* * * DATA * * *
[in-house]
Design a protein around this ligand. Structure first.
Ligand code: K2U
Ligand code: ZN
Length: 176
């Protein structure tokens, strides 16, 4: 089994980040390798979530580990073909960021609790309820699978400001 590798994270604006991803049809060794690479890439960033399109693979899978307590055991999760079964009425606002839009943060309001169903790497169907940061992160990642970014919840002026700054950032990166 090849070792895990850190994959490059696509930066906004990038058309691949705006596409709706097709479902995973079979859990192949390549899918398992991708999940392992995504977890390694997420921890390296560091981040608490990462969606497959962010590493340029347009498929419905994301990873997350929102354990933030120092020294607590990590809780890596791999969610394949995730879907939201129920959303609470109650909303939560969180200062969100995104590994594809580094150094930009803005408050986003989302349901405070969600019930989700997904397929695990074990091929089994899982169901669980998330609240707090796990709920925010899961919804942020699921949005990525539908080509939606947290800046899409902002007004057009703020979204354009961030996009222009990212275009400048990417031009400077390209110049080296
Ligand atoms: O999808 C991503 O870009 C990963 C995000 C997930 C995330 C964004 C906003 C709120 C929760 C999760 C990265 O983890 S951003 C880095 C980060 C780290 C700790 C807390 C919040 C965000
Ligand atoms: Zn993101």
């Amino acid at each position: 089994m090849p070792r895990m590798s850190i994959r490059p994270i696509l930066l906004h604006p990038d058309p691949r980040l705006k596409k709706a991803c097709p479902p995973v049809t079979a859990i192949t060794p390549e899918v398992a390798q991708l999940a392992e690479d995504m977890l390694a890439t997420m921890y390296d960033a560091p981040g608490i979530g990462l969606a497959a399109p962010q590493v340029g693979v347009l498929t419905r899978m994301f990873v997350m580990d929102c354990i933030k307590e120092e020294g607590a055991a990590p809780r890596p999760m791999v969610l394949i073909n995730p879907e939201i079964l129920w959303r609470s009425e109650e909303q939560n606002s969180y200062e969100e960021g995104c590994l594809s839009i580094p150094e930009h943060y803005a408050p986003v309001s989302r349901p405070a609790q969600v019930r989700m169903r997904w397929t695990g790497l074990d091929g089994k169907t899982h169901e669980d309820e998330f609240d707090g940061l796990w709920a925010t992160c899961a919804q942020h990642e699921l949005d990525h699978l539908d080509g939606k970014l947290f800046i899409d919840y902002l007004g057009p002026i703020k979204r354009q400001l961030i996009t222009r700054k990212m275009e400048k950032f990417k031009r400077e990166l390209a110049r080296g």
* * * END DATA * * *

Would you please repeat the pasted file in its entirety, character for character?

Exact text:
[in-house]
Design a protein around this ligand. Structure first.
Ligand code: K2U
Ligand code: ZN
Length: 176
């Protein structure tokens, strides 16, 4: 089994980040390798979530580990073909960021609790309820699978400001 590798994270604006991803049809060794690479890439960033399109693979899978307590055991999760079964009425606002839009943060309001169903790497169907940061992160990642970014919840002026700054950032990166 090849070792895990850190994959490059696509930066906004990038058309691949705006596409709706097709479902995973079979859990192949390549899918398992991708999940392992995504977890390694997420921890390296560091981040608490990462969606497959962010590493340029347009498929419905994301990873997350929102354990933030120092020294607590990590809780890596791999969610394949995730879907939201129920959303609470109650909303939560969180200062969100995104590994594809580094150094930009803005408050986003989302349901405070969600019930989700997904397929695990074990091929089994899982169901669980998330609240707090796990709920925010899961919804942020699921949005990525539908080509939606947290800046899409902002007004057009703020979204354009961030996009222009990212275009400048990417031009400077390209110049080296
Ligand atoms: O999808 C991503 O870009 C990963 C995000 C997930 C995330 C964004 C906003 C709120 C929760 C999760 C990265 O983890 S951003 C880095 C980060 C780290 C700790 C807390 C919040 C965000
Ligand atoms: Zn993101």
């Amino acid at each position: 089994m090849p070792r895990m590798s850190i994959r490059p994270i696509l930066l906004h604006p990038d058309p691949r980040l705006k596409k709706a991803c097709p479902p995973v049809t079979a859990i192949t060794p390549e899918v398992a390798q991708l999940a392992e690479d995504m977890l390694a890439t997420m921890y390296d960033a560091p981040g608490i979530g990462l969606a497959a399109p962010q590493v340029g693979v347009l498929t419905r899978m994301f990873v997350m580990d929102c354990i933030k307590e120092e020294g607590a055991a990590p809780r890596p999760m791999v969610l394949i073909n995730p879907e939201i079964l129920w959303r609470s009425e109650e909303q939560n606002s969180y200062e969100e960021g995104c590994l594809s839009i580094p150094e930009h943060y803005a408050p986003v309001s989302r349901p405070a609790q969600v019930r989700m169903r997904w397929t695990g790497l074990d091929g089994k169907t899982h169901e669980d309820e998330f609240d707090g940061l796990w709920a925010t992160c899961a919804q942020h990642e699921l949005d990525h699978l539908d080509g939606k970014l947290f800046i899409d919840y902002l007004g057009p002026i703020k979204r354009q400001l961030i996009t222009r700054k990212m275009e400048k950032f990417k031009r400077e990166l390209a110049r080296g």